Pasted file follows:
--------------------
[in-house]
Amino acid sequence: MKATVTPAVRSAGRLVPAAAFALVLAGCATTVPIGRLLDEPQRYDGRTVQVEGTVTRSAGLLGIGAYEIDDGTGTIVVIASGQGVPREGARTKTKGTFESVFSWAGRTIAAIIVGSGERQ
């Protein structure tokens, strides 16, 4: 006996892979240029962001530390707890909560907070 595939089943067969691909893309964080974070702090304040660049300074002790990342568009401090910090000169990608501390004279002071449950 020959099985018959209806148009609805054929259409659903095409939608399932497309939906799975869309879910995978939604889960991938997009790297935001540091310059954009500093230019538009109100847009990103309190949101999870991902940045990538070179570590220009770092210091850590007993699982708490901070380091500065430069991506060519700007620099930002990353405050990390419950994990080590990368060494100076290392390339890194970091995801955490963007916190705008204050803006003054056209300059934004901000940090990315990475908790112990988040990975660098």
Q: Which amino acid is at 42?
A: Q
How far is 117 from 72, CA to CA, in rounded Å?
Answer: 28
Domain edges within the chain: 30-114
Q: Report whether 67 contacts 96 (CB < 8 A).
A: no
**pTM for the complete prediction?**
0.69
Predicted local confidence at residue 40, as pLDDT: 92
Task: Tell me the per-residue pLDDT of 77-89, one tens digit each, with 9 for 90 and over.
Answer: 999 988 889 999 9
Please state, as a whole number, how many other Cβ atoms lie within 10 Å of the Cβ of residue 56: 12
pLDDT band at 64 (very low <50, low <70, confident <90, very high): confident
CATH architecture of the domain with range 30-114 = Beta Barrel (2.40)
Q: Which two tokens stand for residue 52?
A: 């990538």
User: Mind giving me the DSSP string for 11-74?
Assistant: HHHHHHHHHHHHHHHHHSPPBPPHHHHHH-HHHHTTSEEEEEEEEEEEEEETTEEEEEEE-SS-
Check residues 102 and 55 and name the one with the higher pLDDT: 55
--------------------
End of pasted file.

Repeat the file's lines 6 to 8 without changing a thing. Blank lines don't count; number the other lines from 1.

How far is 117 from 72, CA to CA, in rounded Å?
Answer: 28
Domain edges within the chain: 30-114